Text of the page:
The collective GDP of countries in sub-Saharan Africa has grown at an average of 5% per annum since 2000, and is expected to grow faster in the future. Will the recent political reforms give the region a chance to sustain this boom in the coming years?
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The fear that a growing India might have to take on responsibilities commensurate with its power has made New Delhi uneasy about the international discourse on India’s rise. How can the West, then, convince India to play a larger international role?
For long, deterrence has been the backbone of the U.S. national security strategy. It has applied deterrence to Russia, failed to apply it to Iraq and Iran, and is confused about applying it to China. Does the U.S. need to relearn the basics of deterrence?
Overall, the U.S.-Pakistan alliance hasn't been pleasant. Despite their growing mutual distrust for each other, which has become evident in the past few years, the alliance still continues. Is it worth all the troubles it comes with?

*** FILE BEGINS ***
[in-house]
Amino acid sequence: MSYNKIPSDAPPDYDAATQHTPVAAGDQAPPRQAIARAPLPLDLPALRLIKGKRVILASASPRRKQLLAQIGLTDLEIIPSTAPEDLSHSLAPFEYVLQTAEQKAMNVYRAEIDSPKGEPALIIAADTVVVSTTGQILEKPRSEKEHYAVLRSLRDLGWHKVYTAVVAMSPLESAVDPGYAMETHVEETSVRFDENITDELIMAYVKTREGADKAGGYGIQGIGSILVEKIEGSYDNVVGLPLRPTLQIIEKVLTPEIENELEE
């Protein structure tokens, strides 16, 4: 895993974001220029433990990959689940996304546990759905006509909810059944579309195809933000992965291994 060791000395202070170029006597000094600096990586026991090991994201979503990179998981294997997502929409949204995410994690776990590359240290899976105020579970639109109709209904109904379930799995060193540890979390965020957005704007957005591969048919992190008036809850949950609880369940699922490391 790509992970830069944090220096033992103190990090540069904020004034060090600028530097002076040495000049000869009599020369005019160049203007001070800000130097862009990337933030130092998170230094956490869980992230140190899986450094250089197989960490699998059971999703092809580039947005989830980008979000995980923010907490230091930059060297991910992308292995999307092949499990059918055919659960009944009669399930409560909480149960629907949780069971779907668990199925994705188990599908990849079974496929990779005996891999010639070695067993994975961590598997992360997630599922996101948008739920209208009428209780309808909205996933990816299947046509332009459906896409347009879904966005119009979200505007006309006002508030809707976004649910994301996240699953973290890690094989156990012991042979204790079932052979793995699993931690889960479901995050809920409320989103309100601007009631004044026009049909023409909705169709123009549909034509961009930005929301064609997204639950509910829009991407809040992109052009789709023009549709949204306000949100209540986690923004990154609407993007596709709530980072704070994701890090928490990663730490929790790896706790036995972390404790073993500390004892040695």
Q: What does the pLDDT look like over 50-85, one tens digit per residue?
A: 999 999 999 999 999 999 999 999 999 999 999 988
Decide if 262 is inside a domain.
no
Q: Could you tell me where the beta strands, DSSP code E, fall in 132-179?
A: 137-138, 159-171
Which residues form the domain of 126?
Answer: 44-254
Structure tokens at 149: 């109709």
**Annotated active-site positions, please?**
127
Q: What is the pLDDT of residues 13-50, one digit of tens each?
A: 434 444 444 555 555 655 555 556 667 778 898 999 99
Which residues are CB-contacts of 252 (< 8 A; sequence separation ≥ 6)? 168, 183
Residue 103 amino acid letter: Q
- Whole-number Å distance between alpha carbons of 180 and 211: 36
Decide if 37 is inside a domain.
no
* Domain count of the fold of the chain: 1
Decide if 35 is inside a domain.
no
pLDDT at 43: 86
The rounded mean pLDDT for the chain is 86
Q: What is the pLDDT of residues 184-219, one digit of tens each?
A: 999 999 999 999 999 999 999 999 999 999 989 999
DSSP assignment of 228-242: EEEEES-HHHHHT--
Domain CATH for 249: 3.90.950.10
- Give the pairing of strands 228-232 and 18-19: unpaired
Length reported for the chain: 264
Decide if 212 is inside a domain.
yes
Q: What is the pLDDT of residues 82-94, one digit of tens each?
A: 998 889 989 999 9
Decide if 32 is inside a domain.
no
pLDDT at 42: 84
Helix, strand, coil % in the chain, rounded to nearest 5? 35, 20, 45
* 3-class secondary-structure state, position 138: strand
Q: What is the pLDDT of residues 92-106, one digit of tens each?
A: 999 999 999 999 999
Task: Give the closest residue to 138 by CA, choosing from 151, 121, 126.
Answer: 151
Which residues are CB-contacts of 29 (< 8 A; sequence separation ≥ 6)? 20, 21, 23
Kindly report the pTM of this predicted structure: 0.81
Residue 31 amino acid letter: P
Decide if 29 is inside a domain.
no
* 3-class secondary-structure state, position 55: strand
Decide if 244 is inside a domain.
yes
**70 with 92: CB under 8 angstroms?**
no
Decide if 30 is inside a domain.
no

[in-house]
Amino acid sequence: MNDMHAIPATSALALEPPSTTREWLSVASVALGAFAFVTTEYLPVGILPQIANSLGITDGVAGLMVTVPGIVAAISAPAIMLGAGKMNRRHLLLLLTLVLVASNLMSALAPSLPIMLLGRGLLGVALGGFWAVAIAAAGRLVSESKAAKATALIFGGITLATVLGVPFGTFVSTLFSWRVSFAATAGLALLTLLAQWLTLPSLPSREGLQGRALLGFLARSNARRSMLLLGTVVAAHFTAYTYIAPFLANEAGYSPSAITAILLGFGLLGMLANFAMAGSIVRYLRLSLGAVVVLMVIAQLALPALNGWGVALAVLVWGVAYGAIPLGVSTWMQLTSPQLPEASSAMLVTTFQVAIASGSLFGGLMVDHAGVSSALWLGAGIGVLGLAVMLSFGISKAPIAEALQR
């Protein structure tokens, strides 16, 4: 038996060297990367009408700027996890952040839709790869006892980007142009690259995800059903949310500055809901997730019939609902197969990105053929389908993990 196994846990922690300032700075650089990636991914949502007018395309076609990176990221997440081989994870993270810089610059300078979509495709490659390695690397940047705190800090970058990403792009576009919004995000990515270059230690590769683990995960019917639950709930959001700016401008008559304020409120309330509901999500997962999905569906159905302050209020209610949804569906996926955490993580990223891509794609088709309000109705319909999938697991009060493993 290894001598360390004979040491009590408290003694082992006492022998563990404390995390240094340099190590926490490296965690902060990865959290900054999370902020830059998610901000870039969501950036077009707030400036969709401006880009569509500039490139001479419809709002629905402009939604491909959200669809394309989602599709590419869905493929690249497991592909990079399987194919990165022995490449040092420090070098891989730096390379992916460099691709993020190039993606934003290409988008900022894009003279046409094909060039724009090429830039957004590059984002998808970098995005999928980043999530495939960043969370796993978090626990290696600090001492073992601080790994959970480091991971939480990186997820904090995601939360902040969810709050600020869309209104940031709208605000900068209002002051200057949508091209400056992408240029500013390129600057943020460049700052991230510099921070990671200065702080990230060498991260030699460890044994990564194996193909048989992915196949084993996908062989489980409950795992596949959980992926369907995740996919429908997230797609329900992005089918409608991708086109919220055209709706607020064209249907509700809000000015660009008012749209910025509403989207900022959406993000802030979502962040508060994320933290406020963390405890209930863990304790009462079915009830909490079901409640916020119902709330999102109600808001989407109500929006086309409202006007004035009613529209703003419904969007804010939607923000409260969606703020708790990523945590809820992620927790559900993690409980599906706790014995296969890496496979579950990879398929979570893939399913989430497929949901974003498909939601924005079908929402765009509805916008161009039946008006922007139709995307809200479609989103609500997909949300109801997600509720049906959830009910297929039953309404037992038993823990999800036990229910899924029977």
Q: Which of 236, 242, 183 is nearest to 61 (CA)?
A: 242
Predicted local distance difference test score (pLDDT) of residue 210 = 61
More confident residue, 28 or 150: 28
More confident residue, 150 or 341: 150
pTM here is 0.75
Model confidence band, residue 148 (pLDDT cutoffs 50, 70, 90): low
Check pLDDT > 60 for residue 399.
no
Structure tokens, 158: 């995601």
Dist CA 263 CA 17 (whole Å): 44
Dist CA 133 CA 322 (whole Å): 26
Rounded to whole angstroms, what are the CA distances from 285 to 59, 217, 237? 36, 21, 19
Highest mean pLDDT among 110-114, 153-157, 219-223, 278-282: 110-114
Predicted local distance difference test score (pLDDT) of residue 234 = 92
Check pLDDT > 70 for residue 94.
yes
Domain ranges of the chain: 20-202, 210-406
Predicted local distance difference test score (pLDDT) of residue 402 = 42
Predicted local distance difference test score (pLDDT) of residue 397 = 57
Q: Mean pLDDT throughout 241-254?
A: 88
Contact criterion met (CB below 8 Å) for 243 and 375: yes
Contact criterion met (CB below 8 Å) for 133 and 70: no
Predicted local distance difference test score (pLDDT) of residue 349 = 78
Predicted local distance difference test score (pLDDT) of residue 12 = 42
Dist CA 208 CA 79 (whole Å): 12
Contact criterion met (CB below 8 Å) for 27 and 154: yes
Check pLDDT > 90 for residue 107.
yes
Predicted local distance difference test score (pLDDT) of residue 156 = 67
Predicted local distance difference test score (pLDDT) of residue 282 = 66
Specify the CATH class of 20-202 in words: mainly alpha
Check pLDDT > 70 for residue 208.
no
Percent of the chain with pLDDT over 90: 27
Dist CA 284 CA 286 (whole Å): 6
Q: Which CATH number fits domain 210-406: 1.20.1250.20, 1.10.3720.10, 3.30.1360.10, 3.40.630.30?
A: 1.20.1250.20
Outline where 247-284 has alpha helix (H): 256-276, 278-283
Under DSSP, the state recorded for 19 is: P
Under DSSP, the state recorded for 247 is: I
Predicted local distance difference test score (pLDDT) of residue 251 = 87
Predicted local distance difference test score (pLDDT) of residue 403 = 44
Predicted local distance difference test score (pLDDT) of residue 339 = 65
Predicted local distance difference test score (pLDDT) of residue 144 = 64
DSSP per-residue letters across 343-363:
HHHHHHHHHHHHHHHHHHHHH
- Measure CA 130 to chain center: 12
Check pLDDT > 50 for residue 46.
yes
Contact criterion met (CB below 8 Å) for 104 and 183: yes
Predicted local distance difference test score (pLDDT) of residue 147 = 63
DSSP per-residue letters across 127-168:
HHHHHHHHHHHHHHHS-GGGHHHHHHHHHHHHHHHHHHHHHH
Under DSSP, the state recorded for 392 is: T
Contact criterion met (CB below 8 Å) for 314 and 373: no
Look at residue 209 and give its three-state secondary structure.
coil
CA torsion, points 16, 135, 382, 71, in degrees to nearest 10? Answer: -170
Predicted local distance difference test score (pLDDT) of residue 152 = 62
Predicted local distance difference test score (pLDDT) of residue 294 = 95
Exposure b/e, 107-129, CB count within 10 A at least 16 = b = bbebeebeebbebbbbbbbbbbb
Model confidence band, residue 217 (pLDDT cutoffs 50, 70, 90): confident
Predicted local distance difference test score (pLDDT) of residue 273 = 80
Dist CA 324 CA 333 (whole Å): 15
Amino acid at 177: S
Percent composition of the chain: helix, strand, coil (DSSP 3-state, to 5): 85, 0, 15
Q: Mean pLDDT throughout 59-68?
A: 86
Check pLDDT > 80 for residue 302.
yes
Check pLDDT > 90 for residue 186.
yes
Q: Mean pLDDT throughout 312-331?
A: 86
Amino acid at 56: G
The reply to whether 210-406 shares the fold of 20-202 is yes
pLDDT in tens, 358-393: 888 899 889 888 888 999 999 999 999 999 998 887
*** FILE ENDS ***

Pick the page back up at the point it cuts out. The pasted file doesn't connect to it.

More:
The U.S. has continually been trying to coerce Iran into giving up its nuclear program for years now, but with little success. What should Washington do to avoid both military action, and deterrence?
In the next decade, China will continue to rise, not fade. Its leaders will consolidate the one-party model and, in the process, challenge the West’s smug certainty about political development and the inevitable march toward electoral democracy.
The Obama administration plans to restrain Chinese belligerence by reinforcing U.S. military and diplomatic links to the Asia-Pacific. However, in order to avoid further Chinese resistance to its policies, the U.S. must look for possible avenues of cooperation with the country.
There’s been much talk about the “the rise of the rest,” with Brazil, Russia, India, and China leading the charge. However, few countries can sustain unusually fast growth for a decade, and even fewer, for more than that. As the boom years begin to end, the international order won’t change as much as expected.
China's legal system is more formalized and better functioning than many realize. Still, given the Chinese Communist Party's lock on judicial power, the country still has work to do.
Jeffrey D. Sachs argues that the mono-causal analysis of the book, 'Why Nations Fail,’ – that economic development hinges on a country’s political institutions – ignores important factors (such as geography) that can also affect growth.